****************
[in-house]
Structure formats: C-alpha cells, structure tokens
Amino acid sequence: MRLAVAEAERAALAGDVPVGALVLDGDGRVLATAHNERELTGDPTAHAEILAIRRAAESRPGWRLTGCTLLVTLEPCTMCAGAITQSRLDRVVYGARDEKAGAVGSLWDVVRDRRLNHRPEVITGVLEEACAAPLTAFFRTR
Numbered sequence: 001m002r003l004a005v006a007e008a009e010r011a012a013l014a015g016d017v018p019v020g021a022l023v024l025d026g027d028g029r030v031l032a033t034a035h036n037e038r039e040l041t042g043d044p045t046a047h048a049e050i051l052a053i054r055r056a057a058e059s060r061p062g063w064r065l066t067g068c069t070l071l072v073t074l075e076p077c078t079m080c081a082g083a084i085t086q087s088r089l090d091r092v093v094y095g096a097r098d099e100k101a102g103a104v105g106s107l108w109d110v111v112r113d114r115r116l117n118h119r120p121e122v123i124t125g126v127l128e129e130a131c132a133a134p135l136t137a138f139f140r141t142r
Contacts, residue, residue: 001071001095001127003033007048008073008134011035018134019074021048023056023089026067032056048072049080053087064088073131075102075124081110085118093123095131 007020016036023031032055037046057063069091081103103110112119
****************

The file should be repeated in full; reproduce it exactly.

[in-house]
Structure formats: C-alpha cells, structure tokens
Amino acid sequence: MRLAVAEAERAALAGDVPVGALVLDGDGRVLATAHNERELTGDPTAHAEILAIRRAAESRPGWRLTGCTLLVTLEPCTMCAGAITQSRLDRVVYGARDEKAGAVGSLWDVVRDRRLNHRPEVITGVLEEACAAPLTAFFRTR
Numbered sequence: 001m002r003l004a005v006a007e008a009e010r011a012a013l014a015g016d017v018p019v020g021a022l023v024l025d026g027d028g029r030v031l032a033t034a035h036n037e038r039e040l041t042g043d044p045t046a047h048a049e050i051l052a053i054r055r056a057a058e059s060r061p062g063w064r065l066t067g068c069t070l071l072v073t074l075e076p077c078t079m080c081a082g083a084i085t086q087s088r089l090d091r092v093v094y095g096a097r098d099e100k101a102g103a104v105g106s107l108w109d110v111v112r113d114r115r116l117n118h119r120p121e122v123i124t125g126v127l128e129e130a131c132a133a134p135l136t137a138f139f140r141t142r
Contacts, residue, residue: 001071001095001127003033007048008073008134011035018134019074021048023056023089026067032056048072049080053087064088073131075102075124081110085118093123095131 007020016036023031032055037046057063069091081103103110112119